On behalf of all of us in the House, I pay a special tribute to all of those who are with us today, all of those who have served in the past, to the 118,000 who paid the ultimate sacrifice buried in over 70 countries around the world, to our current service personnel, RCMP personnel, and just as important, to their families. We say:
At the going down of the sun and in the morning
We will remember them.
The Speaker Peter Milliken
I invite hon. members to rise and observe a moment of silence in respect to the veterans who have served our country so ably.
[A moment of silence observed]
Industry, Science and Technology
Committees of the House
David Sweet Ancaster—Dundas—Flamborough—Westdale, ON
Mr. Speaker, I have the honour to present, in both official languages, the 10th report of the Standing Committee on Industry, Science and Technology. In accordance with its order of reference of Tuesday, October 18, the committee has considered Bill C-28, An Act to promote the efficiency and adaptability of the Canadian economy by regulating certain activities that discourage reliance on electronic means of carrying out commercial activities, and to amend the Canadian Radio-television and Telecommunications Commission Act, the Competition Act, the Personal Information Protection and Electronic Documents Act and the Telecommunications Act, Fighting Internet and Wireless Spam Act, and agreed, on Tuesday, November 2, to report it with amendments.
Status of Women
Committees of the House
Hedy Fry Vancouver Centre, BC
Mr. Speaker, I have the honour to present, in both official languages, the fourth report of the Standing Committee on the Status of Women, on Bill C-471, An Act respecting the implementation of the recommendations of the Pay Equity Task Force and amending another Act in consequence.
Human Resources, Skills and Social Development and the Status of Persons with Disabilities
Committees of the House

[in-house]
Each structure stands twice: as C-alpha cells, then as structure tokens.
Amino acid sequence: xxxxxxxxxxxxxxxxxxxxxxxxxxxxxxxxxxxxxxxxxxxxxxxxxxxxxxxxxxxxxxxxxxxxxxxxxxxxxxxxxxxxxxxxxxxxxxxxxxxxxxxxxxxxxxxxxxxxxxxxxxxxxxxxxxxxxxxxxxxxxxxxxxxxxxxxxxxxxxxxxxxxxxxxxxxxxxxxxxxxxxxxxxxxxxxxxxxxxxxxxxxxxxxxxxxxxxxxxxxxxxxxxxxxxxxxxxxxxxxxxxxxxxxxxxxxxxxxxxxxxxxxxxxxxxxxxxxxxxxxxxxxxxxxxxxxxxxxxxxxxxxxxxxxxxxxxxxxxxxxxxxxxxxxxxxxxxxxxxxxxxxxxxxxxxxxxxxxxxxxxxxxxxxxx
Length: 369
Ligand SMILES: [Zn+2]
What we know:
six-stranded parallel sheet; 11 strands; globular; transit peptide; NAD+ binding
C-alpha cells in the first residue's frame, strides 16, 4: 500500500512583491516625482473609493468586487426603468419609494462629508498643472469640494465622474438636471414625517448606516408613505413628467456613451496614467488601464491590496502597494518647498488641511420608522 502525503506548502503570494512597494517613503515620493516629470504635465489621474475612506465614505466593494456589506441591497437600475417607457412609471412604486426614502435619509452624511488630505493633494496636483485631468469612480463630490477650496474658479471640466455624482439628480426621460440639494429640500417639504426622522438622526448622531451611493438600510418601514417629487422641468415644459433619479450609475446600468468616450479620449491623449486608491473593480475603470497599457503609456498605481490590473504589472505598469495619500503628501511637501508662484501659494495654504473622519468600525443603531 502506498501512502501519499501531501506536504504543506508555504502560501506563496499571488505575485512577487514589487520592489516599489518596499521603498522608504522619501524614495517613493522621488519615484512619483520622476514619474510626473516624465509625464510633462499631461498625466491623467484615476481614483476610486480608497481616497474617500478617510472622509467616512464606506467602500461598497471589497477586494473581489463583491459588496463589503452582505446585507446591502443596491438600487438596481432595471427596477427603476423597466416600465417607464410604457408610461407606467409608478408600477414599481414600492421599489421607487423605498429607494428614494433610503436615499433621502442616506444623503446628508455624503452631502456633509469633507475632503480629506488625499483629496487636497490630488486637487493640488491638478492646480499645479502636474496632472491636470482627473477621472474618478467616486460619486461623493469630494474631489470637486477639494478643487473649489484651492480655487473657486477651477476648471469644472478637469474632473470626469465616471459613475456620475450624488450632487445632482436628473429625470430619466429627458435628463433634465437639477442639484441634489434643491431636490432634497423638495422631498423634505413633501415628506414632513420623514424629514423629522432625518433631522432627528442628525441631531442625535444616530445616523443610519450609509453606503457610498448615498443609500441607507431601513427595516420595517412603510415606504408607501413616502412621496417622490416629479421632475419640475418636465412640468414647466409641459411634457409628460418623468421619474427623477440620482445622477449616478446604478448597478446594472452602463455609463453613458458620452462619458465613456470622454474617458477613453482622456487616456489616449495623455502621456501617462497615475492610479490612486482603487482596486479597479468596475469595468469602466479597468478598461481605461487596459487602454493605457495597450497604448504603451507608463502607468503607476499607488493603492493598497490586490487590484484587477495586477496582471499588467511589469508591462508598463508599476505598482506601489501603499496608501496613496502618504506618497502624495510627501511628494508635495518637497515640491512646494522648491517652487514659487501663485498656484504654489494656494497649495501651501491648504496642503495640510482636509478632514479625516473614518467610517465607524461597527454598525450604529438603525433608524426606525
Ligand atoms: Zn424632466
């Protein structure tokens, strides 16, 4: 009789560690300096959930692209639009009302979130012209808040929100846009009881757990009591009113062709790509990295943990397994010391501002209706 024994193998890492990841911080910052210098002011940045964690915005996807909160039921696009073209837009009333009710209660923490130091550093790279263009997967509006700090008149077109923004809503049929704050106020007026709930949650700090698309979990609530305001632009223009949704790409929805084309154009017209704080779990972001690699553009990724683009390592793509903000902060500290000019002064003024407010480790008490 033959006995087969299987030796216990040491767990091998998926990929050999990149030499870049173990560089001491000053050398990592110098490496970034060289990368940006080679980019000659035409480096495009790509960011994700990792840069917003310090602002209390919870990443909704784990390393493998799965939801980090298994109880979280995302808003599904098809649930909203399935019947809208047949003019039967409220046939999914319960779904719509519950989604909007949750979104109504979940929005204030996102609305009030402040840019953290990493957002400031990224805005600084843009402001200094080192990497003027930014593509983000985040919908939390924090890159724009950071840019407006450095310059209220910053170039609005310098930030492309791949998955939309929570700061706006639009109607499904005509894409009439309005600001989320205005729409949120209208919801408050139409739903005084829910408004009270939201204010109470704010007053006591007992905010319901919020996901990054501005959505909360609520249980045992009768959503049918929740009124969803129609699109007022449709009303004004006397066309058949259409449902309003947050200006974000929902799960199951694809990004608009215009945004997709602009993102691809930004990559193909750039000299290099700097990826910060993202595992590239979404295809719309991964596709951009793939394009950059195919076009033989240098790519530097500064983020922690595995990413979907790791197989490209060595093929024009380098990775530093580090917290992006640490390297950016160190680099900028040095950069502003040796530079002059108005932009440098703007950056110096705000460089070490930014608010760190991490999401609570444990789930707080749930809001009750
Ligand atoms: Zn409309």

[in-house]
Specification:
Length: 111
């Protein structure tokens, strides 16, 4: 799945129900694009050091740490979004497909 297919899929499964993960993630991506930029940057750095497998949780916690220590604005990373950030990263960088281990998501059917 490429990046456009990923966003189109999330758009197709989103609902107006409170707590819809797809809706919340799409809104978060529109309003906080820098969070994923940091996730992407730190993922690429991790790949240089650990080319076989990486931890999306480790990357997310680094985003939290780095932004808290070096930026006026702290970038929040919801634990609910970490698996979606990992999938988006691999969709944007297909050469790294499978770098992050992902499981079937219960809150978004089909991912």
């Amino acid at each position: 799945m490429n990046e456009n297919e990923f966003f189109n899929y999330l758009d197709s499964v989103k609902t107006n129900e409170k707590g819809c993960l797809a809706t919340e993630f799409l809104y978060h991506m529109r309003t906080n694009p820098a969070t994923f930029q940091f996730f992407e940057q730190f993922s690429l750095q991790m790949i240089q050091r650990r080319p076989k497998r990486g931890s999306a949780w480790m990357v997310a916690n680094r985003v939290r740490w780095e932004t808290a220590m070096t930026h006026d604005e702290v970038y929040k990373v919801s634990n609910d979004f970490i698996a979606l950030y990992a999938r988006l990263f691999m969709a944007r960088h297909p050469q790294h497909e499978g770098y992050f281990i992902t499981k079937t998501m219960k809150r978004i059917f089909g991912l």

Candice Bergen Portage—Lisgar, MB
Mr. Speaker, I have the honour to present, in both official languages, the sixth report of the Standing Committee on Human Resources, Skills and Social Development and the Status of Persons with Disabilities in relation to Bill C-31, An Act to amend the Old Age Security Act.. The committee has studied the bill and decided to report the bill back to the House with amendments.
I would like to thank members of the committee from both sides of the House for their hard work, support and collaboration during the study of this bill.
Foreign Affairs and International Development
Committees of the House
Dean Allison Niagara West—Glanbrook, ON
Mr. Speaker, I have the honour to present, in both official languages, the second report of the Standing Committee on Foreign Affairs and International Development. This report is the result of a study done by our Subcommittee on International Human Rights and is entitled “Canada's Universal Periodic Review and Beyond—Upholding Canada’s International Reputation as a Global Leader in the Field of Human Rights”.
Pursuant to Standing Order 109 the committee requests that the government table a comprehensive report to this report.
Justice and Human Rights
Committees of the House
Ed Fast Abbotsford, BC
Mr. Speaker, I have the honour to present, in both official languages, the seventh report of the Standing Committee on Justice and Human Rights. In accordance with the order of reference of Tuesday, June 8, the committee has considered Bill C-389, An Act to amend the Canadian Human Rights Act and the Criminal Code (gender identity and gender expression) and agreed, on Tuesday, November 2, to report it without amendment.
Parliament of Canada Act
Alex Atamanenko British Columbia Southern Interior, BC
moved for leave to introduce Bill C-589, An Act to amend the Parliament of Canada Act and the Canada Post Corporation Act (use of resources by members).